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About the Photos

Our holdings include hundreds of glass and film negatives/transparencies that we've scanned ourselves; in addition, many other photos on this site were extracted from reference images (high-resolution tiffs) from the Library of Congress research archive. (To query the database click here.) They are adjusted, restored and reworked by your webmaster in accordance with his aesthetic sensibilities before being downsized and turned into the jpegs you see here. All of these images (including, but not limited to, "derivative works") are protected by copyright laws of the United States and other jurisdictions and may not be sold, reproduced or otherwise used for commercial purposes without permission.

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[REV 25-NOV-2014]

 
 
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VINTAGRAPH • WPA • WWII • THE TOY DEPARTMENT, 1913

Cars+Trucks

Pike's Peak Champion: 1920

Pike's Peak Champion: 1920

1920 or 1921. "Lexington. Pike's Peak car." One of two Lexington racecars that placed first and second in the 1920 Pike's Peak hill climb seen at 1020 Connecticut Avenue N.W., the Washington branch of Hummer Motor Sales Company. E. Adie Hummer, Manager. View full size. National Photo Company glass negative.

 

Chariot of the Gods: 1955

Chariot of the Gods: 1955

The car and the photo that started it all: my life-long vicarious love affair with gigantic cars with huge fins. By age 9 I was already a car nut; I cut out pictures from magazine ads and pasted them in a spiral notebook; I amazed family and friends by my ability to identify every car make. Then one day in November 1955 I saw it: this bronze chariot of the gods, a 1955 Cadillac Eldorado convertible, parked in, of all places, a mud lot near Boardwalk #3 in Larkspur, Calif. I made my brother take this Kodachrome, then later came back and photographed it myself in black and white - just the rear end. Immediately I stopped drawing Flash Gordon rocket ships and began designing my own cars - the Pac-Ply and the Zorch. I began pestering my father to take me to GM Motorama when it arrived to San Francisco. Strangely, when it came time to trade in the '48 Hudson in 1956, the car I pestered him to buy was a Rambler station wagon. I guess I realized these cars were not for mere mortals. View full size.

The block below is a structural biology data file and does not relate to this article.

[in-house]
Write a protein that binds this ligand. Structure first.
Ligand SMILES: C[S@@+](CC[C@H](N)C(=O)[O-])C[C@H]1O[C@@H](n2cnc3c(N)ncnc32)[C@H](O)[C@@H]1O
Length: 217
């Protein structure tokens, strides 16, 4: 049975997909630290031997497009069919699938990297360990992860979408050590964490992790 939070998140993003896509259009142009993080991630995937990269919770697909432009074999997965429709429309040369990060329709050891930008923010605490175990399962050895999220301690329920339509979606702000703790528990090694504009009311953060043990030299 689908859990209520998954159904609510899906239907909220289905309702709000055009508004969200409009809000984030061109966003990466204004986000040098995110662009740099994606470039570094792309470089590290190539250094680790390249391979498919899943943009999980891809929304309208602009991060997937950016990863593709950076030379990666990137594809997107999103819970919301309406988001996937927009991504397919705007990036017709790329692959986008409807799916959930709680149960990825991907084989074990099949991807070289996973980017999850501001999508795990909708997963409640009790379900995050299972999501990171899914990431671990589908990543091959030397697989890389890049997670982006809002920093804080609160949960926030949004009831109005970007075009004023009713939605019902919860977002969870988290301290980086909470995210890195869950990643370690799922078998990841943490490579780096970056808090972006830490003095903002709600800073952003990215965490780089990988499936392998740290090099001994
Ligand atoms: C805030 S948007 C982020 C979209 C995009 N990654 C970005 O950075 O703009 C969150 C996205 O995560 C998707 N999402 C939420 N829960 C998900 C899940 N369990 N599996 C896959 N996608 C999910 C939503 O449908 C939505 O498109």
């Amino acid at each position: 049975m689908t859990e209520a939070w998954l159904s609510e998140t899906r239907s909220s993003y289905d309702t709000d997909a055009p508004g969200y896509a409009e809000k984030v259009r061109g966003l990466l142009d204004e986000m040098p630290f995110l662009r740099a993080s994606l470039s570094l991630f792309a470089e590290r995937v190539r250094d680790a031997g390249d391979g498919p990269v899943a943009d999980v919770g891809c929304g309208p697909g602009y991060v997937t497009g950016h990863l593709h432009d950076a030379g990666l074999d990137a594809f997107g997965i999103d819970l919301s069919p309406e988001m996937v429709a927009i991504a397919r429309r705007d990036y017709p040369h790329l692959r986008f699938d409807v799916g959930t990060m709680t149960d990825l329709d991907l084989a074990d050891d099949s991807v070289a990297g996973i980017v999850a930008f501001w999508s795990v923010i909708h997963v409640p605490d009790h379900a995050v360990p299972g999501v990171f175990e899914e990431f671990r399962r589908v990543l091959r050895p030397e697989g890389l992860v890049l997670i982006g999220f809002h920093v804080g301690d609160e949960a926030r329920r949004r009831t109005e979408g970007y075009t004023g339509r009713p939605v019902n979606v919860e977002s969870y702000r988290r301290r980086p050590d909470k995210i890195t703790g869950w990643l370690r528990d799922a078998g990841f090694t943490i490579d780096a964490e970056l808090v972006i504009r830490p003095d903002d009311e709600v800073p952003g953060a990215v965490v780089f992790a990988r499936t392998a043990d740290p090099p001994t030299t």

A Man, His Boy and His Car: 1956

A Man, His Boy and His Car: 1956

September 1956. My father, me and the new Rambler on its first long ride, at Squaw Rock on U.S. 101 south of Ukiah, California, captured by my brother on Ektachrome. Could almost be a new card ad, except I'm not running around laughing hysterically. View full size.

Gal on a Cad: 1956

Gal on a Cad: 1956

June 1956. My brother plants his girlfriend on a convenient Cadillac (her father's, I think), doesn't focus, and shoots this Kodachrome.

Potomac Garage: 1922

Potomac Garage: 1922

The Potomac Garage in 1922. 3307-3309 M Street N.W. "Just phone West-344." View full size. National Photo Company Collection glass negative.

 

King of the Road: 1920

King of the Road: 1920

Washington, D.C., banker and bon vivant Eddie Voigt in a pimped-out Abbott-Detroit roadster circa 1920. View full size. Thanks to PER for unearthing the story of his rise and fall. National Photo Company Collection glass negative.

 

Queen of the Mustangs: 1966

Queen of the Mustangs: 1966

July 4, 1966. Twin Cities Fourth of July Parade on Magnolia Avenue in Larkspur, California. And if two brand-new, dealer stock Mustangs weren't enough, an early Studebaker Lark in the used car lot. The other Twin City was neighboring Corte Madera. My Ektachrome slide. View full size.

 
THE 100-YEAR-OLD PHOTO BLOG
Shorpy.com | History in HD is a vintage photo blog featuring thousands of high-definition images from the 1850s to 1950s. The site is named after Shorpy Higginbotham, a teenage coal miner who lived 100 years ago.

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